Bhutani Lab Research Program
Our multidisciplinary team is broadly interested in understanding cellular mechanisms that operate in skeletal tissues in health, aging, and disease. We are driven towards understanding biology and in the future translate these fundamental discoveries towards unmet medical needs in the clinic.
High-Dimensional Single Cell Omics for Skeletal Tissues
New cutting-edge molecular biology tools have the power to provide a high resolution understanding of single cells and their variability instead of a snapshot of the total population of cells - such an understanding is invaluable to understand both ‘protective’ (stem and progenitor cells) as well as disease-propagating rare cell populations (cancer stem cells, senescent cells, Inflammation-amplifying cells).
To accomplish this, we utilize multi-omics methods-single cell RNA sequencing, sc-ATAC seq, CyTOF for isolated cells and CODEX (CO-Detection by indEXing) on fixed tissues-thereby building transcriptomic, epigenomic and proteomic cellular atlases for skeletal tissues (including cartilage, bone, synovium). Mouse models of disease, transgenic mice and patient samples (OA and cancer) are used in parallel to get a comprehensive and clinically relevant insights into the cell populations and neighborhoods that operate in skeletal health and disease.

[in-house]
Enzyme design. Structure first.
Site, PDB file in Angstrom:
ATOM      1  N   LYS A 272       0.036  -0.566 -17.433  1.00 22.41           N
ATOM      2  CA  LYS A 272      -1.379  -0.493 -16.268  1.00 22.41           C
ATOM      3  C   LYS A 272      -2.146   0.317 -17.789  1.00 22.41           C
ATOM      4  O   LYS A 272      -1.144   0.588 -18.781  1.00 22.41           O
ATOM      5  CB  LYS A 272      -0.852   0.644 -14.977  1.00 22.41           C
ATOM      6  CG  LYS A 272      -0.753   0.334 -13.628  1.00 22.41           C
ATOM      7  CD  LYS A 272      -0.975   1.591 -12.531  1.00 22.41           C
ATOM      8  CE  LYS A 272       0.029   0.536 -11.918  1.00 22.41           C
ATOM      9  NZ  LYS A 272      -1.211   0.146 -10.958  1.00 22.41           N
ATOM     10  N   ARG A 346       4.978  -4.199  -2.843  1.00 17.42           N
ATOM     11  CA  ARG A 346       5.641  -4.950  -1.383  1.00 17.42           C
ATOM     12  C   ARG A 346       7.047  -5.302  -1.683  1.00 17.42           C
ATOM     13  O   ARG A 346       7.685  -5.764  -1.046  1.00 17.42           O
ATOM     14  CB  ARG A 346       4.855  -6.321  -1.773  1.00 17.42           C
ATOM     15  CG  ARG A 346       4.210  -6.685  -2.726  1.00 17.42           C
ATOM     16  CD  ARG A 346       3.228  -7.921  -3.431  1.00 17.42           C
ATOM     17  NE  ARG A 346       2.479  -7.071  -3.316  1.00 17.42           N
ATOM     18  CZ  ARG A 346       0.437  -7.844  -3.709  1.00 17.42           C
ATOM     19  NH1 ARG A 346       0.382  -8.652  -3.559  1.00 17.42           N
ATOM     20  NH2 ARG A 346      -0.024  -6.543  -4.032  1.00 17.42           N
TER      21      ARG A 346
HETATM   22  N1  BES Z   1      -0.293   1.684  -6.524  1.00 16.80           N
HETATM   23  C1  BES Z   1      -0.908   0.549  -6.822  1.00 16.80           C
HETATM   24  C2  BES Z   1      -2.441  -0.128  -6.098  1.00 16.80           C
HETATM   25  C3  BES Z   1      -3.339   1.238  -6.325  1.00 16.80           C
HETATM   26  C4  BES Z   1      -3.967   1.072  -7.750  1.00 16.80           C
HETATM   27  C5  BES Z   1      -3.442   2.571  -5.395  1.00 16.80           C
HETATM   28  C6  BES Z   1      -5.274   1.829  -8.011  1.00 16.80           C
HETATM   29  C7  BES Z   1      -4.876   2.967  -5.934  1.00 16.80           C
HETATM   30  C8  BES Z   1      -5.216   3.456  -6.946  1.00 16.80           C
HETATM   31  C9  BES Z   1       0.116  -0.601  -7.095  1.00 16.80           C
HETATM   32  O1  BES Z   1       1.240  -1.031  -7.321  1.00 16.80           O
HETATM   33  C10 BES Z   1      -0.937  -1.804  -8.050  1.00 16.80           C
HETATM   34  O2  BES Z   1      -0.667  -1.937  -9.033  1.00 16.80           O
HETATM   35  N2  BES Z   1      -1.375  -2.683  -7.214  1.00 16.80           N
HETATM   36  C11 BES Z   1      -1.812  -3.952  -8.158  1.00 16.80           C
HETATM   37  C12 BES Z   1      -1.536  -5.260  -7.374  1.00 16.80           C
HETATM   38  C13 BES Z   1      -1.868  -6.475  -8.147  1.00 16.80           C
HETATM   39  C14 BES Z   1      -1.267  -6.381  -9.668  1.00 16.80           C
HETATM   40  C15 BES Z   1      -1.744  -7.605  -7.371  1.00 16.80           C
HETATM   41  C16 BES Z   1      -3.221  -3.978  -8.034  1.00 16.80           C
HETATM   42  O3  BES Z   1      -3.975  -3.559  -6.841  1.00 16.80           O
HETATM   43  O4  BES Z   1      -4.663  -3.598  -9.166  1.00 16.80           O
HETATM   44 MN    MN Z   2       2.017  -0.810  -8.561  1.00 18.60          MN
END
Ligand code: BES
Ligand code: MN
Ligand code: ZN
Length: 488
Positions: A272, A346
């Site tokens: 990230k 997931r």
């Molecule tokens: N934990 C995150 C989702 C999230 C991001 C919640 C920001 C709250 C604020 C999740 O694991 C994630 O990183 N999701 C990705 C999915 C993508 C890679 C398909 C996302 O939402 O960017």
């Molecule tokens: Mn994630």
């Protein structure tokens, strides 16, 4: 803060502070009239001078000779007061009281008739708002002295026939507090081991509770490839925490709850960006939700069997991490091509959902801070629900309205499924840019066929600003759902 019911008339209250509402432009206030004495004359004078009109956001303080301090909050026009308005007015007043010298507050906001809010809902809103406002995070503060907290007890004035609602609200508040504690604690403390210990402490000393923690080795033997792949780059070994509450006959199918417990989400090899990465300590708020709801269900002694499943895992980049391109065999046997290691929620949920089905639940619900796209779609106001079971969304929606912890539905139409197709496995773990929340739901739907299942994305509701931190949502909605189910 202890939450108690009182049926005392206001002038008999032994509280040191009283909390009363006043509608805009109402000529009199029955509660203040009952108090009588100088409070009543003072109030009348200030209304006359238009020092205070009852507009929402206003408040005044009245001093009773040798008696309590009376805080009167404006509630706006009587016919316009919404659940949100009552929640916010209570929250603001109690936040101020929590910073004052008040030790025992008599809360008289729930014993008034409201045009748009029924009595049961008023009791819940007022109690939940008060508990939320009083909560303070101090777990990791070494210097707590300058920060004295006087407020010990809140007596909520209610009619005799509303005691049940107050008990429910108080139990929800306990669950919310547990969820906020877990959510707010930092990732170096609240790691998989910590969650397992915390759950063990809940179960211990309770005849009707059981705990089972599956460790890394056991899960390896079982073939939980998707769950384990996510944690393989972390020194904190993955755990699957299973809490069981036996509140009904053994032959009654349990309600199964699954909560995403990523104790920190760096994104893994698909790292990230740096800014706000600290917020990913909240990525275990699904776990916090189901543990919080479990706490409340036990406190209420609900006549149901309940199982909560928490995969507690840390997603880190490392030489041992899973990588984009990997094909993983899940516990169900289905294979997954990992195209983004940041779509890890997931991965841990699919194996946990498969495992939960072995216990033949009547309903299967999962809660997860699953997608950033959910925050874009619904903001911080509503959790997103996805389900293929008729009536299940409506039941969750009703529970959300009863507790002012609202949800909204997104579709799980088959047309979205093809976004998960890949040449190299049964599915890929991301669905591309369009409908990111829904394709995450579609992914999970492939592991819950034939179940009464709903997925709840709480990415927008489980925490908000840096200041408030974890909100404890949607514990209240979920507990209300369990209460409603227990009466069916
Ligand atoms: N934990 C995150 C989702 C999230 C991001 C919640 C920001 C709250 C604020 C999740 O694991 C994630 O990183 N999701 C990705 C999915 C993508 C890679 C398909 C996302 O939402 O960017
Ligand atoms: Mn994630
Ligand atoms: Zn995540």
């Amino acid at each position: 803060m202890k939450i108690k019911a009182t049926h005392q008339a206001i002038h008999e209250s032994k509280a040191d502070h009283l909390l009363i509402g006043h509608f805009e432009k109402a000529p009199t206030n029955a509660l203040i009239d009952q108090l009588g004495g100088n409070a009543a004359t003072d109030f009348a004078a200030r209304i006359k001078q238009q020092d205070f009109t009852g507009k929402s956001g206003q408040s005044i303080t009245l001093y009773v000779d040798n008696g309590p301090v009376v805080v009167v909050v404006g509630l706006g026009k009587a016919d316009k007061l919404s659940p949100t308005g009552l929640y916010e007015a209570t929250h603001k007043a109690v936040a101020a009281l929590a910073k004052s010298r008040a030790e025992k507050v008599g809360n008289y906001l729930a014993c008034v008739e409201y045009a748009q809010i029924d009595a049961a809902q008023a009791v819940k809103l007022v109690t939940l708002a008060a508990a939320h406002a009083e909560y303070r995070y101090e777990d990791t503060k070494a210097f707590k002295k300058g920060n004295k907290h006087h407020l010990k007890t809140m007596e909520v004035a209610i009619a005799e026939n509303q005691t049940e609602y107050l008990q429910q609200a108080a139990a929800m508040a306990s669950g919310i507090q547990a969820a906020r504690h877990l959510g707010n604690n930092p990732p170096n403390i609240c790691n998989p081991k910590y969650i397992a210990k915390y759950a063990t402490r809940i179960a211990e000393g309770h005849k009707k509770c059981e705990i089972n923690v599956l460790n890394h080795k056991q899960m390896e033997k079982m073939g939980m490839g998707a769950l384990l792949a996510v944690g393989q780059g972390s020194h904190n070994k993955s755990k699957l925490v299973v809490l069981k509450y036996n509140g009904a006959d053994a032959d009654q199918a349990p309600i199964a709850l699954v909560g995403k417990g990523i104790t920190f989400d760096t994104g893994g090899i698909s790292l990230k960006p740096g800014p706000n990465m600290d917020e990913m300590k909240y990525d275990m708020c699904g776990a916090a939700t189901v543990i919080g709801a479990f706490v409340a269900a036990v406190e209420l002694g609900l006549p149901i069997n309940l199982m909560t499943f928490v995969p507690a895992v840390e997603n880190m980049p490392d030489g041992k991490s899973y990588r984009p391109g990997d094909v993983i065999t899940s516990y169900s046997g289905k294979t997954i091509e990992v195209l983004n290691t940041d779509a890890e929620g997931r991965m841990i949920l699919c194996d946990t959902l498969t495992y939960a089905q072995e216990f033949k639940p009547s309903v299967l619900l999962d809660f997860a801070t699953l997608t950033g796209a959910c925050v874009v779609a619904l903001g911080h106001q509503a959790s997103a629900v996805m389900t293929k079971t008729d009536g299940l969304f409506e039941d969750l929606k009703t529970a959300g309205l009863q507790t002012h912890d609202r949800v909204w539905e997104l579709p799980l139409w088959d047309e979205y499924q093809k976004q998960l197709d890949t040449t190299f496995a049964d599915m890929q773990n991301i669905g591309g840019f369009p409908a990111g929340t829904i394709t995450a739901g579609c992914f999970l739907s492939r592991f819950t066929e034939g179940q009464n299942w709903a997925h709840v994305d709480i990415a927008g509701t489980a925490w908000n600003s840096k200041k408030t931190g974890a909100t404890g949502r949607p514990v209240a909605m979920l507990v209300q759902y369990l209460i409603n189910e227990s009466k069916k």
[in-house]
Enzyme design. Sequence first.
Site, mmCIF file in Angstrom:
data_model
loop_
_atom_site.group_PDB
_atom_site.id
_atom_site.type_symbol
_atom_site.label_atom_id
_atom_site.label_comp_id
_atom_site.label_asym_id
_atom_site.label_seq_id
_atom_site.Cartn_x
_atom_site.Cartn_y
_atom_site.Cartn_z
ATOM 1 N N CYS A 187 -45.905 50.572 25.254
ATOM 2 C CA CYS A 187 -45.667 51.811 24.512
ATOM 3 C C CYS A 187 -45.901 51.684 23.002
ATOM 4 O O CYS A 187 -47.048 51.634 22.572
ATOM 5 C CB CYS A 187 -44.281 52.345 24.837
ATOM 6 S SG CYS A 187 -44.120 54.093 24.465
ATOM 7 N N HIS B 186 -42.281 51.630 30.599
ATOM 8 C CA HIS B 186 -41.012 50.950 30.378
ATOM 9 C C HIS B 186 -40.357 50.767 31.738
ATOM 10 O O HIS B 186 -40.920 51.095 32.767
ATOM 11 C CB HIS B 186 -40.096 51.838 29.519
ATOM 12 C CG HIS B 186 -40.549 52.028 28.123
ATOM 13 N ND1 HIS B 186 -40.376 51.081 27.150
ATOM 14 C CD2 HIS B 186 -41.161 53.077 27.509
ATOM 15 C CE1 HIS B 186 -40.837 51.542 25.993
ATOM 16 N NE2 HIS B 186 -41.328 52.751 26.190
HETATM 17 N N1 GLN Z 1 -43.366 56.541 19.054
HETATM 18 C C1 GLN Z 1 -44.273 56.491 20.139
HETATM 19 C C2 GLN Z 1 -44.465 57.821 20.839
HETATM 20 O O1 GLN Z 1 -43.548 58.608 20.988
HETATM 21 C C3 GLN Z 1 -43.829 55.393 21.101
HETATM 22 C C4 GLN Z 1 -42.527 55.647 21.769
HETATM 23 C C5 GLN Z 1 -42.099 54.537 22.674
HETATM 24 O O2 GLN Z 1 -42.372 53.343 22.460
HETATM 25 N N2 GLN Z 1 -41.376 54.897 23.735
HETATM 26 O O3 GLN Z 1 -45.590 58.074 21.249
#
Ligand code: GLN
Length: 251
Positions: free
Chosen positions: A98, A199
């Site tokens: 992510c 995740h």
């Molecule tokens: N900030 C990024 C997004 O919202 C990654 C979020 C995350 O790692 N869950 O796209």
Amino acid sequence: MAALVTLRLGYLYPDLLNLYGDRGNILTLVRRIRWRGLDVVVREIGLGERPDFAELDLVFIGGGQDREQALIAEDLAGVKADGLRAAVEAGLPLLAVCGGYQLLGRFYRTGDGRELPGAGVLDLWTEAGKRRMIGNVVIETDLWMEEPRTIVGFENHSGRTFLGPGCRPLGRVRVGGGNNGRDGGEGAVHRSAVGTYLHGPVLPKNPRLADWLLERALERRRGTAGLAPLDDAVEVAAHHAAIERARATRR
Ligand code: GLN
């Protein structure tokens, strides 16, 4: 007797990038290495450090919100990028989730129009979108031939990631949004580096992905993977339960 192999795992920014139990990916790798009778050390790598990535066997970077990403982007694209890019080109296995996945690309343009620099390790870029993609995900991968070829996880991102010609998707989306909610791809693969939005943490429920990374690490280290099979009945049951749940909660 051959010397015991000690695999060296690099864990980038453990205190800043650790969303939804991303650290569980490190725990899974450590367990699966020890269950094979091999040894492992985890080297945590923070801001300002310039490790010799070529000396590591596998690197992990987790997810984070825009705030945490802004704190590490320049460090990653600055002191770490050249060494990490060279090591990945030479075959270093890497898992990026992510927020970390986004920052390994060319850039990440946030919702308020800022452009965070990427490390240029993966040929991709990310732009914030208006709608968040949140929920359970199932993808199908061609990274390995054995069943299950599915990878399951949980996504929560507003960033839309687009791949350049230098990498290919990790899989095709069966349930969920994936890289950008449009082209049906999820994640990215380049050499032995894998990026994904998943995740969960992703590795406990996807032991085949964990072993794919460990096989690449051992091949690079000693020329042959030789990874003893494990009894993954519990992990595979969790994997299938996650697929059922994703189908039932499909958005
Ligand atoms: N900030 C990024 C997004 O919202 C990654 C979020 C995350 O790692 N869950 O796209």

The Minority Report - Understanding and Harnessing Patient Heterogeneity for Precision Medicine
Another research interest is to utilize single cell approaches (CyTOF and CODEX) to increase the understanding of patient heterogeneity - in OA and skeletal cancers. By utilizing cohorts of healthy donors and patients, we are able to build a landscape of the distinct cell populations that exist in disease relevant tissues and immune cell populations.
Mapping this landscape now provides the tools to test how these populations respond to putative drugs and how uniform or variable this response is within a cohort of patients. We aim to extend this approach to a much larger cohort of OA patients to identify subsets of patients that could respond to a particular drug thereby making possible a ‘precision medicine’ approach to find the right drug for the right patient.
Epigenetic Regulation in Development and Disease